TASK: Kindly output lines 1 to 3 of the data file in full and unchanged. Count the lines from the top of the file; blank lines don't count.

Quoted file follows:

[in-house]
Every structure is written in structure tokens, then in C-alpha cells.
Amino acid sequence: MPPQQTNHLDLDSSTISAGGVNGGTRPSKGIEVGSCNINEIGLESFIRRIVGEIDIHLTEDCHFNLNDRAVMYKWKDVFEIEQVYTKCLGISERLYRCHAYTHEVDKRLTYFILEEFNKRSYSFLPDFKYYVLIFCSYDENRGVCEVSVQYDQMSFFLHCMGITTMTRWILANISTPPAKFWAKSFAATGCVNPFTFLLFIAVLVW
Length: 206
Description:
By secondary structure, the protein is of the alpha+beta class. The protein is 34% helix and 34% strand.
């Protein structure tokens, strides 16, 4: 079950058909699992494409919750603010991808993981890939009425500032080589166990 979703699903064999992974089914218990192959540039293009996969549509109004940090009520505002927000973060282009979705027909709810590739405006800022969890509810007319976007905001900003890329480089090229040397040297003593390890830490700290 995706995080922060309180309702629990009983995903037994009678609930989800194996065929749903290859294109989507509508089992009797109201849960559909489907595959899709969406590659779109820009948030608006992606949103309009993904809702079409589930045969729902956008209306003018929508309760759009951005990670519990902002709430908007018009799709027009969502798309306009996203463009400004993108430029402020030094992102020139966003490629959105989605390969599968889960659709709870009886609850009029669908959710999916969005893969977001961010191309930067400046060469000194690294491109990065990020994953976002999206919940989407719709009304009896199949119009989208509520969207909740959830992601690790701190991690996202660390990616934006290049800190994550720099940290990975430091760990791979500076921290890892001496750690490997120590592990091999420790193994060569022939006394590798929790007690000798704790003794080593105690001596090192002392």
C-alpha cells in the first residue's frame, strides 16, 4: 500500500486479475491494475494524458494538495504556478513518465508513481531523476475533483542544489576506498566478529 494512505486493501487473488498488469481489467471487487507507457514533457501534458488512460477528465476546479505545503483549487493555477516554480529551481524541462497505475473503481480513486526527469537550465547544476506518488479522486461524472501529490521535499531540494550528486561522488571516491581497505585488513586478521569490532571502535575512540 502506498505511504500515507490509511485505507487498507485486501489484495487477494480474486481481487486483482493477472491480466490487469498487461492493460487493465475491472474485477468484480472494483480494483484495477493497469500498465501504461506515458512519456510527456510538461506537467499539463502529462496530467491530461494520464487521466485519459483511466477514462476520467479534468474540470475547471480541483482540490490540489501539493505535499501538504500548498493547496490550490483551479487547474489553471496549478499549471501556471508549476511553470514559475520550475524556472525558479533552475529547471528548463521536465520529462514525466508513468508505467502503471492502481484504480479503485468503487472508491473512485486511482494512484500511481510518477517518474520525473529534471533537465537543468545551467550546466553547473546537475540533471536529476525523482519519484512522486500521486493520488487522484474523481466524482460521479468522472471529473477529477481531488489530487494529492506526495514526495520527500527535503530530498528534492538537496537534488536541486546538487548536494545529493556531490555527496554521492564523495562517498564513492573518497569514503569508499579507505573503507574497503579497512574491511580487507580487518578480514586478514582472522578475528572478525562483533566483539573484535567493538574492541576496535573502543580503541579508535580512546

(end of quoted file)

[in-house]
Every structure is written in structure tokens, then in C-alpha cells.
Amino acid sequence: MPPQQTNHLDLDSSTISAGGVNGGTRPSKGIEVGSCNINEIGLESFIRRIVGEIDIHLTEDCHFNLNDRAVMYKWKDVFEIEQVYTKCLGISERLYRCHAYTHEVDKRLTYFILEEFNKRSYSFLPDFKYYVLIFCSYDENRGVCEVSVQYDQMSFFLHCMGITTMTRWILANISTPPAKFWAKSFAATGCVNPFTFLLFIAVLVW